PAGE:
New planetarium system reaches for the stars

Harriet Spanel gifts make system possible; planetarium to be more available to campus, community

A new state-of-the art digital projection system has been installed at Western Washington University’s planetarium, the result of generous gifts by Harriet Spanel in memory of her husband, the late Les Spanel, for whom the planetarium is now named.

“Naming a part of Western’s campus isn’t something we take lightly – it’s an honor reserved for those who have played a special role in Western’s past and exemplify its highest values.  With his scholarship, teaching and especially his outreach to the community through the planetarium, Professor Les Spanel meets those criteria in spades. We’re grateful to Harriet Spanel for extending Les’ legacy into the future with this gift, and all it will do to ensure the planetarium remains an important resource for Western and a bridge to the community,” said Western President Bruce Shepard.

The recently installed projection system was unveiled during a ceremony Saturday at the Dr. Leslie E. Spanel Planetarium on Western’s campus. Les Spanel was a longtime physics professor and department chair at Western and also was in charge of running the university planetarium.

“Les loved teaching and working with students.   He also loved Bellingham and was very involved in the things that make a community a great place to live.  He saw the planetarium being important to the community and to younger students.  For me, giving this gift was the appropriate and right thing to do for him and the area he loved,” said Harriet Spanel.

The new projection system, in the planetarium on the third floor of Haggard Hall, contains the most comprehensive astronomical data set ever assembled, including from the American Museum of Natural History and NASA. The new $350,000 digital projector system can project a spectacular array of night skies, stars, planets and constellations as well as stunning 3-D high-resolution images and video onto the planetarium dome.

Plans are to expand the planetarium’s academic use to more students on campus, including the sciences but other subject areas as well in the arts and humanities. Planetarium access also will be significantly expanded to the public and to students in local K-12 schools.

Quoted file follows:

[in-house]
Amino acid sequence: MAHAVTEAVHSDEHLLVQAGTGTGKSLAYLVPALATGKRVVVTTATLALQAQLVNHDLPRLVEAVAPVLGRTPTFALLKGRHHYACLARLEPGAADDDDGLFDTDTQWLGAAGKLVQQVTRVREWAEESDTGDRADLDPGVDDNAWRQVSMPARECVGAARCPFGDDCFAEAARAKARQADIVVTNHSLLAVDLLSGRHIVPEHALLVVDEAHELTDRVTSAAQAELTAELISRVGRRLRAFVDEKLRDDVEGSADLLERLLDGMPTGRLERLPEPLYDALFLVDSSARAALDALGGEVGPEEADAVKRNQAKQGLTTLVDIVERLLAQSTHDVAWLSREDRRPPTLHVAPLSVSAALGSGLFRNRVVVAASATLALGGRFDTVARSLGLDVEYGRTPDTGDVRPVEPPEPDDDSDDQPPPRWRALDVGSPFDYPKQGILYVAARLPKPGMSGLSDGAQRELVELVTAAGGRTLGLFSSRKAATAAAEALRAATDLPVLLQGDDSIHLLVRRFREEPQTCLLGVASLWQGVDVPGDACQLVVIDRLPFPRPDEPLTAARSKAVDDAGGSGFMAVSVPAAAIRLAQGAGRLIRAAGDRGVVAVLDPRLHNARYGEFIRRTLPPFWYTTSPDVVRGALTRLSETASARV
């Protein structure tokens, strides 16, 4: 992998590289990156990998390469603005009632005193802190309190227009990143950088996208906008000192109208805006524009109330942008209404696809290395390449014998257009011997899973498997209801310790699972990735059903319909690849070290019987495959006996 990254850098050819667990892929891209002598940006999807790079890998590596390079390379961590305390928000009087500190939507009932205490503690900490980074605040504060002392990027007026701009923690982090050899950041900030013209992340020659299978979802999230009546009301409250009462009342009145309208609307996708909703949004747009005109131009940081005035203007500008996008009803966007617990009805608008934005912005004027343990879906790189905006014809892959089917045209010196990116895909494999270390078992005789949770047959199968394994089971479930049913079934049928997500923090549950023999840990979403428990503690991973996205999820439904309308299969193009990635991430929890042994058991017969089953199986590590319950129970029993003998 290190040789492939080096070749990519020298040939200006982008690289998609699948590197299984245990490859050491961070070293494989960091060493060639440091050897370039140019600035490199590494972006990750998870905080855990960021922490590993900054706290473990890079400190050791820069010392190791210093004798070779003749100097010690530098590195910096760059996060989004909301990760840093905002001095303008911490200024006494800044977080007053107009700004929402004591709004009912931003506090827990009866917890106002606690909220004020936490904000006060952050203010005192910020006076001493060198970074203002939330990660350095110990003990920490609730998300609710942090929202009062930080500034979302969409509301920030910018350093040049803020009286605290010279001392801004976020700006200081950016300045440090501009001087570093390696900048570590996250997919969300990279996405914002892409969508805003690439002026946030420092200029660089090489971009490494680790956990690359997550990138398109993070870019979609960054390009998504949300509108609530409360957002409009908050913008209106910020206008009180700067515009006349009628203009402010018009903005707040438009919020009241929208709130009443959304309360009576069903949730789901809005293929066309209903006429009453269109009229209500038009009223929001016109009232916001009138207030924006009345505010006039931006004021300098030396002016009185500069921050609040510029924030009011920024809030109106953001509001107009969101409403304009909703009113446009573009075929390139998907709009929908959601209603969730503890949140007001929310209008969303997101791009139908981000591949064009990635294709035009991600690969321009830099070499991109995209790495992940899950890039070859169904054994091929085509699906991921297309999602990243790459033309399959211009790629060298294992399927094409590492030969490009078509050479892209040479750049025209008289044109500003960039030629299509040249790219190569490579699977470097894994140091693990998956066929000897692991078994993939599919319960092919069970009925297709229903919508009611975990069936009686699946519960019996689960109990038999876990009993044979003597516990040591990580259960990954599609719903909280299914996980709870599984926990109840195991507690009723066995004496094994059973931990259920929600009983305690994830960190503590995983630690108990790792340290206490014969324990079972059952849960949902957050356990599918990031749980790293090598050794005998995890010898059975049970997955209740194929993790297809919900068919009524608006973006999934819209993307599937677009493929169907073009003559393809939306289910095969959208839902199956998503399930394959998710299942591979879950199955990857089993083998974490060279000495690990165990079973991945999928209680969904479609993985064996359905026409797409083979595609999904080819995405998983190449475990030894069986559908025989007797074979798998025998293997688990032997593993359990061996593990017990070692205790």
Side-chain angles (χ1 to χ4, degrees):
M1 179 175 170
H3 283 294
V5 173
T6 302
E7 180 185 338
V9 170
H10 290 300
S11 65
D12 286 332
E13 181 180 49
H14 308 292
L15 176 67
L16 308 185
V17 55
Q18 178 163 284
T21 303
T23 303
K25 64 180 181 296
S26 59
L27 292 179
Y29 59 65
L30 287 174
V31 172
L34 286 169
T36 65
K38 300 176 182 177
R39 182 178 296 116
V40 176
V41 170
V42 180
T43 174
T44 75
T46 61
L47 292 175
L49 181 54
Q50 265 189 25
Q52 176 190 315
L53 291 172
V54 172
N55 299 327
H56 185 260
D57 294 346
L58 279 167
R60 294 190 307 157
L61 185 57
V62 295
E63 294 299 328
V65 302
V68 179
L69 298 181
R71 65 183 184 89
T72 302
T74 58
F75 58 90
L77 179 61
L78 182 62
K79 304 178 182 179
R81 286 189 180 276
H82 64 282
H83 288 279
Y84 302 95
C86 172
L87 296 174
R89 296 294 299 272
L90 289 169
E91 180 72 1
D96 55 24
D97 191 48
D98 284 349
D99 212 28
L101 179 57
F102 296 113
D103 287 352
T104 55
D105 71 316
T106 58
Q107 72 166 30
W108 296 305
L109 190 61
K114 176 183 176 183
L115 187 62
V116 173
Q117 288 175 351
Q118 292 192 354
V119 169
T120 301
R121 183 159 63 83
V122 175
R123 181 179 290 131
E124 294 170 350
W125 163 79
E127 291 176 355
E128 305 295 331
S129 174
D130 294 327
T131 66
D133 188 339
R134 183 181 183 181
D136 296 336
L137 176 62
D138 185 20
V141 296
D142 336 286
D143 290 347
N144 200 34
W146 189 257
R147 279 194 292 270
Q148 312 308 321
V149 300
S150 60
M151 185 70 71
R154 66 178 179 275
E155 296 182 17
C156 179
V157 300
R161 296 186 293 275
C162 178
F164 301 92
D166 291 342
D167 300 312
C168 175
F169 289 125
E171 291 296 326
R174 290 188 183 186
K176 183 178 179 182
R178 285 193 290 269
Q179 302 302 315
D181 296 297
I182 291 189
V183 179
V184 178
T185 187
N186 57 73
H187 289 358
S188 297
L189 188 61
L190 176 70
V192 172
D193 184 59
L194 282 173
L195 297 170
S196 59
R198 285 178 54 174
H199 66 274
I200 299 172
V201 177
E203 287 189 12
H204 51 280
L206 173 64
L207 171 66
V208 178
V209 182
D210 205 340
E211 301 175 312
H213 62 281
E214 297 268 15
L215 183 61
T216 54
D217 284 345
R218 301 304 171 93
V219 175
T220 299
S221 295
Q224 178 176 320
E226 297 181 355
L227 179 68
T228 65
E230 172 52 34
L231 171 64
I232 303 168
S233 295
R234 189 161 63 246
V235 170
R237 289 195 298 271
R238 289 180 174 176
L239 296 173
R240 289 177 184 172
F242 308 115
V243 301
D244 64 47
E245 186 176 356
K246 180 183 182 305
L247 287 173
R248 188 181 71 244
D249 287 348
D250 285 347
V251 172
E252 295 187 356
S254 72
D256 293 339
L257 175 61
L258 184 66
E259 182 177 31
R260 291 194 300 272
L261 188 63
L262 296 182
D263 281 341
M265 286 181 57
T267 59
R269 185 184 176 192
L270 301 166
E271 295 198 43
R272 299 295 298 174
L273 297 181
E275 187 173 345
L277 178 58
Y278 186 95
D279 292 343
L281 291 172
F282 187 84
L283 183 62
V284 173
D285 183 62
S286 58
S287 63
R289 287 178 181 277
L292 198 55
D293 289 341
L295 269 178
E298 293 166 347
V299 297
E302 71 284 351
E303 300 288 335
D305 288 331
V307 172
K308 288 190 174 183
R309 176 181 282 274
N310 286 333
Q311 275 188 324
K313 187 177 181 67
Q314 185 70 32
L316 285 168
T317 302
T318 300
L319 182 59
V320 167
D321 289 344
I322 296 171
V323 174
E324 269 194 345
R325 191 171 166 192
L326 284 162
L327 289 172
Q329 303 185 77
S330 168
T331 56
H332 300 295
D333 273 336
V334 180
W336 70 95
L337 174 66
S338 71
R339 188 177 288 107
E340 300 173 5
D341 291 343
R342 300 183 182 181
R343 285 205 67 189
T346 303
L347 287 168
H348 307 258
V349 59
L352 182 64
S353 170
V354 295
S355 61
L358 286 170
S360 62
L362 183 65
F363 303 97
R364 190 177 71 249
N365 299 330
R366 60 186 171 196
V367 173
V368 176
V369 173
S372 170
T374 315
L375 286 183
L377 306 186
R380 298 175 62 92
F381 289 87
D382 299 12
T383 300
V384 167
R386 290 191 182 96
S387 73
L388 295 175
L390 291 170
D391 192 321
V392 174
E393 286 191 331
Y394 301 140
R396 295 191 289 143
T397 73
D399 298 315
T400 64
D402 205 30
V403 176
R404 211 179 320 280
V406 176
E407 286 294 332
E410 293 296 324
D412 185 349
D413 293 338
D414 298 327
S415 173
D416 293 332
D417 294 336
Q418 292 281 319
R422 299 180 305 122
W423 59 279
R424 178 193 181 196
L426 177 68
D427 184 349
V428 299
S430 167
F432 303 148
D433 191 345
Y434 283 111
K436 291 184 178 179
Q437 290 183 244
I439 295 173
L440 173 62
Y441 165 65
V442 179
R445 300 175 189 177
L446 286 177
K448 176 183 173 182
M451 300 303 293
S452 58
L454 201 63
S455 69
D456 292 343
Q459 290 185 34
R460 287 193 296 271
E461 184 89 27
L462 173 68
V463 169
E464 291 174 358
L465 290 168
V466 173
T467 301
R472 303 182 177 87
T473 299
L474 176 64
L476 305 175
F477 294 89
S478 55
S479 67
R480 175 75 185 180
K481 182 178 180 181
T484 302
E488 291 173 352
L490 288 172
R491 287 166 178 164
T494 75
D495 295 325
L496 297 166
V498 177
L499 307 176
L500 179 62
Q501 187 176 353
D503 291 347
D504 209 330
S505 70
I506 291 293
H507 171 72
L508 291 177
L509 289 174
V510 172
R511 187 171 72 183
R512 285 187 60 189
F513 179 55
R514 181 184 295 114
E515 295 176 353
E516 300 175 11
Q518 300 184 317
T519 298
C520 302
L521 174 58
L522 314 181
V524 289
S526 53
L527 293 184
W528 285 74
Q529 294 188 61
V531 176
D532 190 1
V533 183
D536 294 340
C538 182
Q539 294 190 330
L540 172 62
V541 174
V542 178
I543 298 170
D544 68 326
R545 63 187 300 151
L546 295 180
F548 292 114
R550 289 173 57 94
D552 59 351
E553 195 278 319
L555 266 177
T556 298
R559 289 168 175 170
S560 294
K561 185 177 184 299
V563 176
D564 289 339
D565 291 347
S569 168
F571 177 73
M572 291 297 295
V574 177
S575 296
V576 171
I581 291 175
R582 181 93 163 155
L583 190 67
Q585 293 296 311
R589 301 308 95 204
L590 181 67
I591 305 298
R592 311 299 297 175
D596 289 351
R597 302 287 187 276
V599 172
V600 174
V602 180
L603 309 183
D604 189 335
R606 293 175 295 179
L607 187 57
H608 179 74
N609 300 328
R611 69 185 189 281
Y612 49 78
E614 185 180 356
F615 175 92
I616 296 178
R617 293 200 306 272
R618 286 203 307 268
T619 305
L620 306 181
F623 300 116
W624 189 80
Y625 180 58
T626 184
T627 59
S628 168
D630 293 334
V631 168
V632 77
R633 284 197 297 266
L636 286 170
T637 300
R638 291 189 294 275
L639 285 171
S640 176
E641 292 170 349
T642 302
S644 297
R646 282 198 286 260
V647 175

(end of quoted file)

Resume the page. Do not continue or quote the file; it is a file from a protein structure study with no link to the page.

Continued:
“The planetarium, with this upgrade, is poised to become a significant educational tool within the physics and astronomy curricula here at WWU, as well as computer science, design, environmental science, biology and geology – anywhere that advanced visualization tools play a role. Perhaps as significant is the role the planetarium can play in connecting WWU to the broader community via outreach to groups, entertaining and educational content for the general public, and partnership with local school districts to provide science curriculum enrichment activities,”  said Brad Johnson, chair of Western’s Department of Physics & Astronomy.

Harriet Spanel’s gifts to the university for the planetarium will total $500,000, which includes purchase of the new projector system and a separate $150,000 estate gift, to add to the existing Les and Harriet Spanel Planetarium endowment that supports ongoing planetarium operations.

Harriet Spanel, who lives in Bellingham, served in the 40th Legislative District, which included San Juan, northwestern Skagit and southwestern Whatcom counties. First elected to the state House of Representatives in 1987, she served three terms. She was elected to the state Senate in 1993 and served four terms until 2009. A longtime activist in local and state issues, she is involved with a wide variety of local and regional civic organizations.

The Digistar 5 digital projection system is comprised of advanced computer (server) hardware and software integrated with a high-contrast high-resolution projector. The Digistar 5 is a new conceptual framework for planetarium operations; the system consists of a very large fully 3-D database of objects, images of which are rendered by the computers in real time to be viewed from a movable fixed point. This makes the content fully interactive on the planetarium dome – it is not a simple 2-D projection of a flat image. If the position of the viewer changes, the relative position and brightness of all the 3-D information contained in the image is changed and a new projection rendered.

The system has data for stars, planets, galaxies, as well as full high-resolution graphics for the surfaces of other planets, full databases for terrestrial information (topography, geography, features such as wildlife, sea-surface heights, ice fields, etc.) available to render in real time for projection.

The system can also project full-dome high-resolution video, and plans are to purchase or lease many entertaining and educational shows that will be available to students and the general public. The Spanel endowment will help make some of these purchases possible, and additional funds are being sought to enable the planetarium to bring new shows to the community more frequently. To make a tax-deductible gift, go to the Western Washington University Foundation web page and be sure to note gift for “Spanel Planetarium fund”:

Monday, April 7, 2014 - 10:35am